A majority of stakeholders of International Maritime Organisation’s (IMO) Pollution Prevention and Response (PPR) subcommittee have backed the ban on fuel that is not compliant with sulphur limits from 2020. The proposals, which are pursuing the ban in Marpol annex six, were advanced ‘as a matter of urgency’ to the Marine Environment Protection Committee (MPEC).
If text is approved at MEPC meeting in April, it could be formally adopted at the following meeting in October. Given IMO procedures requiring amendments to be circulated after entry into force, the carriage ban could be in place as early as March 2020.
At the opening of the week-long IMO meeting, IMO’s Secretary-General, Kitack Lim specified that there is no turning back. The global Sulphur requirements will enter to force in 2020 and the effect of the rules will be significant for both the environment and public health.
The carriage ban, which would apply to all vessels without scrubbers, would enable port state control to penalise vessels under Marpol for simply carrying non-compliant fuel for use. Under the current wording, they must prove the fuel was used in their jurisdiction.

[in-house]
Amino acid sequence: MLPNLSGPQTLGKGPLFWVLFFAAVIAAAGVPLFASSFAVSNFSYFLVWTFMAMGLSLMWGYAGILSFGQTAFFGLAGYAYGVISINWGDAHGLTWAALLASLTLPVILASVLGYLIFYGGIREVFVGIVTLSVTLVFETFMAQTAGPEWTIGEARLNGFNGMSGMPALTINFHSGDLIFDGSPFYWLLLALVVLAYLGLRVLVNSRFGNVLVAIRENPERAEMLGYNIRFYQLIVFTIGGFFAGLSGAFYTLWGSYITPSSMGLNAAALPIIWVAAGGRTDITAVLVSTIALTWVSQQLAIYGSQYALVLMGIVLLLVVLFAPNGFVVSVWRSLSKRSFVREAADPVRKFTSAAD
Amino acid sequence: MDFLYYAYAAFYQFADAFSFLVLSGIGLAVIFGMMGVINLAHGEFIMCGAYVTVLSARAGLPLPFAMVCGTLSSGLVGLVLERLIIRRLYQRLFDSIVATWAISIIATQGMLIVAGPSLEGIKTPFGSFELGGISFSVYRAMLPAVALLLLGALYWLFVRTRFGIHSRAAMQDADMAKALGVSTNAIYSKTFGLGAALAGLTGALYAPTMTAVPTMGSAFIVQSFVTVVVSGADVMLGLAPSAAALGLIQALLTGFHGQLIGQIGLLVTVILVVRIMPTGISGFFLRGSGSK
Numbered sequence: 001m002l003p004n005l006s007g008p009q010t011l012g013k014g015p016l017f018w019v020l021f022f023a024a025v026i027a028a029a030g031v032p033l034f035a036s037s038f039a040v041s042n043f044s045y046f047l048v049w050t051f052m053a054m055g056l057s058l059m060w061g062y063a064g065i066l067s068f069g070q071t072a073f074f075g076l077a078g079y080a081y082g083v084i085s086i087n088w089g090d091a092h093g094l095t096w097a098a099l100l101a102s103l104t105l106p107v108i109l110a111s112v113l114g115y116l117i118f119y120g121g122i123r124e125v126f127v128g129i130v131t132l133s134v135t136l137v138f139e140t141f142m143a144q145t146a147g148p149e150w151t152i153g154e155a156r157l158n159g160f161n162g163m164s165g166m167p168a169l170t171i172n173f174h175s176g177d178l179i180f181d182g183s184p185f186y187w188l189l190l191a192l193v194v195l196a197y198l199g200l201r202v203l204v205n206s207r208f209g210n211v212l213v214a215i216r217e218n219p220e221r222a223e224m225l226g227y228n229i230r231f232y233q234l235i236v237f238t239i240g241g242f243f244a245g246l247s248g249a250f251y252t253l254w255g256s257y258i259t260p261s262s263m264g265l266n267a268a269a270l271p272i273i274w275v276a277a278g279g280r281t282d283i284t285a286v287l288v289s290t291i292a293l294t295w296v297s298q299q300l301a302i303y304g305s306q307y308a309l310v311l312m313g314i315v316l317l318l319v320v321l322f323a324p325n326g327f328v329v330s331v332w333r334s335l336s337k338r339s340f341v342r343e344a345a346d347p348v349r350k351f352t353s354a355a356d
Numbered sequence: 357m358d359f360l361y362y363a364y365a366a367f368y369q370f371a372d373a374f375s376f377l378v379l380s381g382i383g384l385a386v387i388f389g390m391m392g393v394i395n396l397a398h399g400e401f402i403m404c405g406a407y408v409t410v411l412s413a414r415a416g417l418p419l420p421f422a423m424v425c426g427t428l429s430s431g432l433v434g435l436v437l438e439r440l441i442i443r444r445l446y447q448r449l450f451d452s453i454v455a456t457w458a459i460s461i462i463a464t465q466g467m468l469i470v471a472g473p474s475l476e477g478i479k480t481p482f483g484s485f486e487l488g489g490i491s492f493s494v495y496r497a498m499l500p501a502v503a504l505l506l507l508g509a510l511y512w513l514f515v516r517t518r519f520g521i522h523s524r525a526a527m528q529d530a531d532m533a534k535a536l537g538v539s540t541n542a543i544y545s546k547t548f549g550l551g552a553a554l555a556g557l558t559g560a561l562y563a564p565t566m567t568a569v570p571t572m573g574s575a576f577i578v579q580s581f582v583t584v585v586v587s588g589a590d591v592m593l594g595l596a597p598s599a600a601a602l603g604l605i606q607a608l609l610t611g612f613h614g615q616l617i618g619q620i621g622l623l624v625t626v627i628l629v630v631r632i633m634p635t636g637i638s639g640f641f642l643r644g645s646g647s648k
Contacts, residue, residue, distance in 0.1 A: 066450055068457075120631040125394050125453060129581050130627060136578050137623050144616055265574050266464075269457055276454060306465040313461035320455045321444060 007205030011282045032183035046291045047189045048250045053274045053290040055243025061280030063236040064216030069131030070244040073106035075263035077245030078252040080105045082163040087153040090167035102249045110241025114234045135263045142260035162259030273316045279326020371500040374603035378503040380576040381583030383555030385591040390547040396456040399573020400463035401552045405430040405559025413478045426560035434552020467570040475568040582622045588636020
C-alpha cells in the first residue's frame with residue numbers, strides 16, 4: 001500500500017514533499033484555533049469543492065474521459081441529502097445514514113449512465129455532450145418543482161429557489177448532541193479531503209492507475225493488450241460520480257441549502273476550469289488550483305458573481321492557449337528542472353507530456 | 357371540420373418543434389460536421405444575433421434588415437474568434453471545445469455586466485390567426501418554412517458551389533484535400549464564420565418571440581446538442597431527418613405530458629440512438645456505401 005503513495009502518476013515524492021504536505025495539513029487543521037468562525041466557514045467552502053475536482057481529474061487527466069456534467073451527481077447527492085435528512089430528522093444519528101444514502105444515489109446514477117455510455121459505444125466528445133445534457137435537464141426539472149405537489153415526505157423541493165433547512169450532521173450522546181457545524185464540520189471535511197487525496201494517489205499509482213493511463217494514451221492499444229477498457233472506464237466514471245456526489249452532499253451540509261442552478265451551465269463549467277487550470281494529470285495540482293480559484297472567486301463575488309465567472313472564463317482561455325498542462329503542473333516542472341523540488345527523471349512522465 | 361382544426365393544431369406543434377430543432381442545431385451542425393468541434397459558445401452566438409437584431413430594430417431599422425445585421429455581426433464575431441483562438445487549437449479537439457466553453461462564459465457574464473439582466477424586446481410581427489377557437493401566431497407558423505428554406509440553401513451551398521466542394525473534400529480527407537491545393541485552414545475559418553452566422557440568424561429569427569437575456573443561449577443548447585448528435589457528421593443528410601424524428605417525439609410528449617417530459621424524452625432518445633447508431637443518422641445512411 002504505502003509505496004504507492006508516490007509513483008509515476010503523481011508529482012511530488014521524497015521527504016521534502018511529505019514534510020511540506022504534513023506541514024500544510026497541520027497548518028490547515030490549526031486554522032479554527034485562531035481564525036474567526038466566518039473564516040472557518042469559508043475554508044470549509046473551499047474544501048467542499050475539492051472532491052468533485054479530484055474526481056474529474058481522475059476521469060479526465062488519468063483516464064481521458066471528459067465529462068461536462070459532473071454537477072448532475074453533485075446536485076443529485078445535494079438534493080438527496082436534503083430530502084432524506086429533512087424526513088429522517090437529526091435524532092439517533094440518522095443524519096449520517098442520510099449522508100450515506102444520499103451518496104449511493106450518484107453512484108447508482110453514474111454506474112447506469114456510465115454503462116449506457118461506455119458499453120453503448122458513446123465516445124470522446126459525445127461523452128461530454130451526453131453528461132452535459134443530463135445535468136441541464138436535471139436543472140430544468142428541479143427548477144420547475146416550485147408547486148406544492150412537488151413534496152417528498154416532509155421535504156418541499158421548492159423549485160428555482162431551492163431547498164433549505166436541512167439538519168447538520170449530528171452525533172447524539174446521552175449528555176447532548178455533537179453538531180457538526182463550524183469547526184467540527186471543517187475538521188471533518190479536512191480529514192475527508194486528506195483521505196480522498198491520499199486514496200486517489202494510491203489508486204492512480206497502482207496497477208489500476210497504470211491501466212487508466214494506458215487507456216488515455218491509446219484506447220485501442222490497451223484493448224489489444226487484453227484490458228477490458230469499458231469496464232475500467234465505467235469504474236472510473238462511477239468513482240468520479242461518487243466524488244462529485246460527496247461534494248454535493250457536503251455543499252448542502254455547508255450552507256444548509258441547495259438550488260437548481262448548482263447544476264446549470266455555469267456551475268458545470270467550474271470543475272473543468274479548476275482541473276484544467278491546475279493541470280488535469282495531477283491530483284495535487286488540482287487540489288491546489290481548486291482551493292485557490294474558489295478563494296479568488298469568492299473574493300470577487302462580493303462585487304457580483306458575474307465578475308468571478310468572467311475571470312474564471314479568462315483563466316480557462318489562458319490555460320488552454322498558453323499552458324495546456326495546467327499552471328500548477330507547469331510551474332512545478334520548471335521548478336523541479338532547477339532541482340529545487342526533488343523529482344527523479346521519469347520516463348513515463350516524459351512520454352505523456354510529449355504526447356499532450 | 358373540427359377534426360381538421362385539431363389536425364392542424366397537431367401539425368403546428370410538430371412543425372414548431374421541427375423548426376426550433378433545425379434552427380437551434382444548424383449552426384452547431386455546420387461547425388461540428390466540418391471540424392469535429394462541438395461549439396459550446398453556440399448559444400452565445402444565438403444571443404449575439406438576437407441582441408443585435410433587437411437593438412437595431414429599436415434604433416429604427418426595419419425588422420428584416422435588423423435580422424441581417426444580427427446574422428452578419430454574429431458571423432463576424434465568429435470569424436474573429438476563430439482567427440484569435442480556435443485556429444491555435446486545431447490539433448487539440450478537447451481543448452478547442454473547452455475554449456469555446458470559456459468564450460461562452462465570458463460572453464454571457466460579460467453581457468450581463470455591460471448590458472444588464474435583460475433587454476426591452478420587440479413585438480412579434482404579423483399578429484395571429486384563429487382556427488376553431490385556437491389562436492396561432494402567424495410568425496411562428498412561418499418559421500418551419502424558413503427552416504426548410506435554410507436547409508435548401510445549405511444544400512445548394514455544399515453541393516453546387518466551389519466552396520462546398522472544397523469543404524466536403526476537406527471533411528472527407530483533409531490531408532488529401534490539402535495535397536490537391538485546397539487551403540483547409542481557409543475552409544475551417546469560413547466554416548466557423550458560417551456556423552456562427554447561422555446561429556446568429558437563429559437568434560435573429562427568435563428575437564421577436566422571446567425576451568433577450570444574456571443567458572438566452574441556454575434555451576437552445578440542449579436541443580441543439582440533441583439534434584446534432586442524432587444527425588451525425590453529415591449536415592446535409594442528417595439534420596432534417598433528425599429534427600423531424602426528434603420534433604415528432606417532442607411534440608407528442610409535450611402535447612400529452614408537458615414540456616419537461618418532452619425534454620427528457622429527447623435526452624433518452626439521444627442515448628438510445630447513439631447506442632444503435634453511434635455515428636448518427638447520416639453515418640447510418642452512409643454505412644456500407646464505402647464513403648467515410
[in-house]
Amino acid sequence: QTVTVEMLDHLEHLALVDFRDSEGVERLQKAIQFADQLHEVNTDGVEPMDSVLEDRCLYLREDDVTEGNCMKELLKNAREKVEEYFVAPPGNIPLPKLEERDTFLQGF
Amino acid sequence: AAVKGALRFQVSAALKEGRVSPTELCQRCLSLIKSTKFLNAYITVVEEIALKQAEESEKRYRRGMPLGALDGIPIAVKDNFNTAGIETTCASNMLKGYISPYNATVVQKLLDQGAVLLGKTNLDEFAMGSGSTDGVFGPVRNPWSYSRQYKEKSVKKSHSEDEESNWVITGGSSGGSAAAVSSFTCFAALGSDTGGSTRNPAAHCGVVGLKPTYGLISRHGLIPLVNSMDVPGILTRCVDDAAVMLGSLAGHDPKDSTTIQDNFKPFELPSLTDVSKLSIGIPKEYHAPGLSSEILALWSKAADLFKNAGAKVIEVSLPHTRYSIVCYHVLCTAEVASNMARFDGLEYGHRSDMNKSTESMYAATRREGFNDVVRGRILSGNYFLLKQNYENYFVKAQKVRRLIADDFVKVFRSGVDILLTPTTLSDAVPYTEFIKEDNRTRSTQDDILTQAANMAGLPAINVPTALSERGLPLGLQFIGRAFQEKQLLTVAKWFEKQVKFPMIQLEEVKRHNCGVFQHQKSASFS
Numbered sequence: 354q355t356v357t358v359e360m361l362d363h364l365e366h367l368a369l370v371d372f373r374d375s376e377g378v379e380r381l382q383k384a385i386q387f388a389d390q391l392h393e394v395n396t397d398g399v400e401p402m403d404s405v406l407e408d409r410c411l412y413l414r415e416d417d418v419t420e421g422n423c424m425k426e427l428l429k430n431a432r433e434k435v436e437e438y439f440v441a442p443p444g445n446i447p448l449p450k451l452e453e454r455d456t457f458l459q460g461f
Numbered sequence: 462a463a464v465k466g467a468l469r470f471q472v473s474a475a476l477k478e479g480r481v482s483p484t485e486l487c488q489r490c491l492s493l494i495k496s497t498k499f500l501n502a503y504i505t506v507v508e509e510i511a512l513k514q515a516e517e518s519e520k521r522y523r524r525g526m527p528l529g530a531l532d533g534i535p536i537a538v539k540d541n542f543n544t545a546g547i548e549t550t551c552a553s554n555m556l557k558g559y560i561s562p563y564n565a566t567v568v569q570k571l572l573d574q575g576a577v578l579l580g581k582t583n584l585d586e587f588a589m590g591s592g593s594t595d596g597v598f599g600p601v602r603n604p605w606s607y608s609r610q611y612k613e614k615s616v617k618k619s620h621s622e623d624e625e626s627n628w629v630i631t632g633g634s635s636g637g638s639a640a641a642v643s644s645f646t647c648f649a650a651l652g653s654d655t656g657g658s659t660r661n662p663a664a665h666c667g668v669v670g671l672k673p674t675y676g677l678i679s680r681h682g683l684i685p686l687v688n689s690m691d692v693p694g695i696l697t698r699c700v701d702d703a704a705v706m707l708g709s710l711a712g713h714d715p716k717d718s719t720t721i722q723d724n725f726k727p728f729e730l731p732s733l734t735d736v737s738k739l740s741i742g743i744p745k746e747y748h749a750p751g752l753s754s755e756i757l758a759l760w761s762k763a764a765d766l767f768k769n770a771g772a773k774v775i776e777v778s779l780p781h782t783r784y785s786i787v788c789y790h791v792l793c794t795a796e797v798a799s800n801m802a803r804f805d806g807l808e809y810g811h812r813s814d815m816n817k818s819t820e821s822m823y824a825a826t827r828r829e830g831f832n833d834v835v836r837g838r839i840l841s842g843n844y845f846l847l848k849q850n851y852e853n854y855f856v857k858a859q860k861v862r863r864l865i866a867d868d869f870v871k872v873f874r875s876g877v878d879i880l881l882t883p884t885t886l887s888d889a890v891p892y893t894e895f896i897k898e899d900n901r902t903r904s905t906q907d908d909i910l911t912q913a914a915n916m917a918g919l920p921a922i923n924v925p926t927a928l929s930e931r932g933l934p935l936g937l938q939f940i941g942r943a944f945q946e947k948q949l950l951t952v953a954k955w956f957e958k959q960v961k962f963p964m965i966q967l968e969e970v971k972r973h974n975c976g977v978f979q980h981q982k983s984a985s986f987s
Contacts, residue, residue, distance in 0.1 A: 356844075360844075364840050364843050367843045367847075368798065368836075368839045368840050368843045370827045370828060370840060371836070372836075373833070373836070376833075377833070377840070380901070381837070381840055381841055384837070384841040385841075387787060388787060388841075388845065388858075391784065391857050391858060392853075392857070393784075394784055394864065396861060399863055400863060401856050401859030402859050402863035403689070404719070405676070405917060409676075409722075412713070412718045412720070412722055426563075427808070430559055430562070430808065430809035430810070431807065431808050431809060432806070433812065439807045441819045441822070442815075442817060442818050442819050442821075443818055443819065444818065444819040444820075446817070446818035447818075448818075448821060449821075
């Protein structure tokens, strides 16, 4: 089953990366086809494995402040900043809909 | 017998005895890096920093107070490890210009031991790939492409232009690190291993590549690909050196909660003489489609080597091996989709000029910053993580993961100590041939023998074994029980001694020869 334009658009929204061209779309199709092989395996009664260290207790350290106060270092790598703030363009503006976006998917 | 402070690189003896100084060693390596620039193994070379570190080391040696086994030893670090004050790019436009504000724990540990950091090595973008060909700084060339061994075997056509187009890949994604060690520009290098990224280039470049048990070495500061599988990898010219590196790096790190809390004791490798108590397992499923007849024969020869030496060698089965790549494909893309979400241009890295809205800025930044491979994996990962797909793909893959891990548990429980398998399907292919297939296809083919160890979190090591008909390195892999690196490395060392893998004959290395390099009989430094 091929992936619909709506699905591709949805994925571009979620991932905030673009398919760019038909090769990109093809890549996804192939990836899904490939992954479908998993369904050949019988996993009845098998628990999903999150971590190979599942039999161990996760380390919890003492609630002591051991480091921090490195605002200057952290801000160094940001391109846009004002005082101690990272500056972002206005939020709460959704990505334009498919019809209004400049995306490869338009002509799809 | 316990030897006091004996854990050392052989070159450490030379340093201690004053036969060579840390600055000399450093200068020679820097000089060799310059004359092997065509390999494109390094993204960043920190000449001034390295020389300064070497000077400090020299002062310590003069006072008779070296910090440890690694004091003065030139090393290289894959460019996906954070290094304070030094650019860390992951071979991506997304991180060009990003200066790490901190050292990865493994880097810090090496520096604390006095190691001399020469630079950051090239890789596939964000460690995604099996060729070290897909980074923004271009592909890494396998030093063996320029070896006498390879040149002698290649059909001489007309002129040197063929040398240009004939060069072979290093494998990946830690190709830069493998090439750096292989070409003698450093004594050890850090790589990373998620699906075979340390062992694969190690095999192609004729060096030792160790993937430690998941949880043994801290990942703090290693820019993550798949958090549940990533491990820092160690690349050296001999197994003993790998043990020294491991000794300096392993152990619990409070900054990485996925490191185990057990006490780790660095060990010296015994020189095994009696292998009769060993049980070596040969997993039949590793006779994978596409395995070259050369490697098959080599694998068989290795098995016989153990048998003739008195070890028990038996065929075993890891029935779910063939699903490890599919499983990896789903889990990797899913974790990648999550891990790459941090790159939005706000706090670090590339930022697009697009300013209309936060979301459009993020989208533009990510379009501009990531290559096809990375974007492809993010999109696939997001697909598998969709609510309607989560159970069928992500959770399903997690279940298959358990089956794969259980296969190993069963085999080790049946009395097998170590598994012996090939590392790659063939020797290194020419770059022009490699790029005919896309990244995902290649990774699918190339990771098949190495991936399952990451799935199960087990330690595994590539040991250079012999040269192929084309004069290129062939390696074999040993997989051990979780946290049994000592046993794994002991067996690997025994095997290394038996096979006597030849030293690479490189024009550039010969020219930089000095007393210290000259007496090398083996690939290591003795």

Executive Director of Danish Shipping, Maria Skipper Schwenn said, “This was the first step towards making enforcement of the sulphur requirement simpler. Now IMO begins to work on the practical implications surrounding the implementation to ensure that bunker suppliers, ship owners and authorities have the right instruments and guidance to comply with the sulphur regulation.”
The ‘urgent’ proposal is now being submitted for discussion at the next MEPC meeting scheduled in April. The proposal process will be expedited and is expected to be adopted in October 2018. Subsequently, the proposal must be incorporated into the IMO’s MARPOL Convention before it can enter into force. It is expected to take place on 1 March 2020.
(Source: The MotorShip, Hellenic Shipping News)
Sea News, February 12